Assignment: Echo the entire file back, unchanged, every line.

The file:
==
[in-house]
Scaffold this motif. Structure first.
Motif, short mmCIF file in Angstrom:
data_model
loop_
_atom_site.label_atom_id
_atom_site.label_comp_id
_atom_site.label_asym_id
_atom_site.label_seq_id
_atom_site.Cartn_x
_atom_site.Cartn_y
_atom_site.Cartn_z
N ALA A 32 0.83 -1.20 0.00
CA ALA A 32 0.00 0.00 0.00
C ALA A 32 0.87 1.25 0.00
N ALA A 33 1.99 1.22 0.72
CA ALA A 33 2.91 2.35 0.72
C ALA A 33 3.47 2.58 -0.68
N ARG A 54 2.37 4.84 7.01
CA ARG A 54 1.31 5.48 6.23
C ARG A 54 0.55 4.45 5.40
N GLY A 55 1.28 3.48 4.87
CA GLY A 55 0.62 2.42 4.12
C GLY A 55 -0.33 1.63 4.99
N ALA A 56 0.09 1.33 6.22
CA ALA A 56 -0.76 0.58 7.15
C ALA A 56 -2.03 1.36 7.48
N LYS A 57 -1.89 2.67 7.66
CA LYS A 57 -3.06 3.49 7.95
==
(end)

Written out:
[in-house]
Scaffold this motif. Structure first.
Motif, short mmCIF file in Angstrom:
data_model
loop_
_atom_site.label_atom_id
_atom_site.label_comp_id
_atom_site.label_asym_id
_atom_site.label_seq_id
_atom_site.Cartn_x
_atom_site.Cartn_y
_atom_site.Cartn_z
N ALA A 32 0.83 -1.20 0.00
CA ALA A 32 0.00 0.00 0.00
C ALA A 32 0.87 1.25 0.00
N ALA A 33 1.99 1.22 0.72
CA ALA A 33 2.91 2.35 0.72
C ALA A 33 3.47 2.58 -0.68
N ARG A 54 2.37 4.84 7.01
CA ARG A 54 1.31 5.48 6.23
C ARG A 54 0.55 4.45 5.40
N GLY A 55 1.28 3.48 4.87
CA GLY A 55 0.62 2.42 4.12
C GLY A 55 -0.33 1.63 4.99
N ALA A 56 0.09 1.33 6.22
CA ALA A 56 -0.76 0.58 7.15
C ALA A 56 -2.03 1.36 7.48
N LYS A 57 -1.89 2.67 7.66
CA LYS A 57 -3.06 3.49 7.95